Wednesday, September 17, 2008

September 15, 2008 - Seminyak, Bali, Indonesia

After one night on Mata'irea in Serangan, we took the screens off the hatches, put the freeze and fridge back on auto, stowed the dinghy on deck, got a lift to shore, and hailed a cab to take us over to swanky Seminyak. We checked into a small hotel, comprised of a cluster of two story buildings set around a pool that meandered through the central courtyard like a stream. After getting ourselves sorted, we walked up the beach for a late lunch at Ku de Ta, the most talked about restaurant/bar in Southern Bali. The food and drink prices are on par with any casual restaurant at home, which makes them ludicrous for Bali. But the view makes it all worth it. Sten watched the surf throughout lunch. As soon as we got back to our room, he grabbed his board and headed back to the beach.

This next morning, he was up and off to the beach for another session before breakfast. After breakfast, we remembered that we still needed to pick up Sten's passport from the US consulate, so we found a driver to take us over there. While we were in the neighborhood, we stopped in at the Thai embassy to see about getting Thai visas. I was so busy taking notes on the various documentation required that I completely forgot to ask the consulate staff where to go for good Thai food in Bali. With beef penang curry on my brain, we picked up Suzy from the hotel and headed over to the Anantara, a hotel that seems to have been transplanted from Miami Beach, and boasts a Thai restaurant. Unfortunately, the restaurant works from a more eclectic international menu during the day, so no curry for me. But the smoked duck ravioli tossed in a sage butter sauce more than made up for it. Smoked duck is a traditional Balinese food (as it should be with so many of the quackers wandering around the rice paddies). We had a more traditional version in Ubud: smoked and and then deep fried - nothing wrong with that. Shredded and stuffed into fresh pasta may not be traditional, but it sure was tasty.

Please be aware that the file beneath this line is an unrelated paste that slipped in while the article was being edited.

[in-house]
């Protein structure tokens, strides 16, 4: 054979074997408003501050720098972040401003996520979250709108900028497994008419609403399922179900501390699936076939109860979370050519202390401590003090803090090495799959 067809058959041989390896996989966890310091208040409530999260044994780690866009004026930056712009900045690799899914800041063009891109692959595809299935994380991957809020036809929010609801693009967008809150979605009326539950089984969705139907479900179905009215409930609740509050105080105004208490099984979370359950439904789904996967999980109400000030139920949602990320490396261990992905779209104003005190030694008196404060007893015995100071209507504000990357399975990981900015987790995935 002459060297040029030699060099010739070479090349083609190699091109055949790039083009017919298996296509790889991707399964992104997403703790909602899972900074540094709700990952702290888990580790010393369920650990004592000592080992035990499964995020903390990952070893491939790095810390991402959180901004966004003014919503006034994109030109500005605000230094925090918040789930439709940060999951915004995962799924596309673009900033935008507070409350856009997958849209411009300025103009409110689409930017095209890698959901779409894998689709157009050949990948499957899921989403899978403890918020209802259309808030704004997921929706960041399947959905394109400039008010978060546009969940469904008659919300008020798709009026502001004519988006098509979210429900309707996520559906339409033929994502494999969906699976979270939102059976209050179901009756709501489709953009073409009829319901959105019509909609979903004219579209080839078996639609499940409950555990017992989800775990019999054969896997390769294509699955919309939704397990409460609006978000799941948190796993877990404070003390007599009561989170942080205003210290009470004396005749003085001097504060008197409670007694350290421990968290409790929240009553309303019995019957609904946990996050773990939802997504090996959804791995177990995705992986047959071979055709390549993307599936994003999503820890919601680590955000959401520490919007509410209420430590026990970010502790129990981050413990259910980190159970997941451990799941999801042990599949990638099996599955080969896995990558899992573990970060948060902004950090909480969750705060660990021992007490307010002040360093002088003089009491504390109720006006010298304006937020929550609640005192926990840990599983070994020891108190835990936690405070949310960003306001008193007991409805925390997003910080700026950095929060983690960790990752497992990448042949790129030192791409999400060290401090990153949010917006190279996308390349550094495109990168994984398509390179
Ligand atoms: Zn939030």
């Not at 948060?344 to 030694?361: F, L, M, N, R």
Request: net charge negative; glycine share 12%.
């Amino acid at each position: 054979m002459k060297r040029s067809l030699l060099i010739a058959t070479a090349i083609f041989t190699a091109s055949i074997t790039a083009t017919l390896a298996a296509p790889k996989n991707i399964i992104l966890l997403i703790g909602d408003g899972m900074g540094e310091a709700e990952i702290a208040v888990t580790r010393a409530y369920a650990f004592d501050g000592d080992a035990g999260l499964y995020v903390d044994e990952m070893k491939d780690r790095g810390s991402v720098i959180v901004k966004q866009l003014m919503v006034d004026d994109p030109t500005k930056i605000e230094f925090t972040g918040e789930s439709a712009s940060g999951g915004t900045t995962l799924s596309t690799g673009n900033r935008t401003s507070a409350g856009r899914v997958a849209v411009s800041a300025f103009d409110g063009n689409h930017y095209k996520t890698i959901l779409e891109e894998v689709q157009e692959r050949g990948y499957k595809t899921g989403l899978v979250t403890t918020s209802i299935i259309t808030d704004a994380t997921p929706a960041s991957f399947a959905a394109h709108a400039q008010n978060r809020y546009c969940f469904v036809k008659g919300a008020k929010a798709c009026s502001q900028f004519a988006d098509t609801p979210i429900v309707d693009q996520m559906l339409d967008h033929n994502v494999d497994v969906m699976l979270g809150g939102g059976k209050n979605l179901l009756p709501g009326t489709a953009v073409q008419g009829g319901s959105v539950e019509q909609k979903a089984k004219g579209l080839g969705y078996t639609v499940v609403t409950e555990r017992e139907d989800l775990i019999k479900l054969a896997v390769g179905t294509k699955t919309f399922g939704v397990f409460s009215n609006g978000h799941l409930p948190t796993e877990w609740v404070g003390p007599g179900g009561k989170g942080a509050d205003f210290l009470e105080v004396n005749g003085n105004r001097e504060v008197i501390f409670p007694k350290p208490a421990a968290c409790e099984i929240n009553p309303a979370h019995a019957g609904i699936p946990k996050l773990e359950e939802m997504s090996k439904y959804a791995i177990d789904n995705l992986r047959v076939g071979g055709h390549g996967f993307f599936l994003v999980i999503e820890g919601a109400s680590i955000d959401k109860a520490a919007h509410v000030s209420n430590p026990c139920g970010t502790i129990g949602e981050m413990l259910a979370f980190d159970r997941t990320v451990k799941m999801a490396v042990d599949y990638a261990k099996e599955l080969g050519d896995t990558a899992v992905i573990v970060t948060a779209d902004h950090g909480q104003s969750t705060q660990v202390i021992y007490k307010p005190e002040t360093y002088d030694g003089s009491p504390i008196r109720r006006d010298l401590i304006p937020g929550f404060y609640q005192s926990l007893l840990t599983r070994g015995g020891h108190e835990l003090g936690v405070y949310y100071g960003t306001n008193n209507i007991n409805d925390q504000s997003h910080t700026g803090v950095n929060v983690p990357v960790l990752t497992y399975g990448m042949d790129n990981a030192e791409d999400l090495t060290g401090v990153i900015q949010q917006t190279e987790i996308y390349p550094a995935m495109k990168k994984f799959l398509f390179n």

After we tallied up the bill for lunch, we realized that we could live for a month in Timor, eating out every day, and not spend what we had on lunch these past two days. Eating out in Bali (particularly in Seminyak) is pricey when compared to the rest of Indonesia, but compared to home, it is still a bargain.

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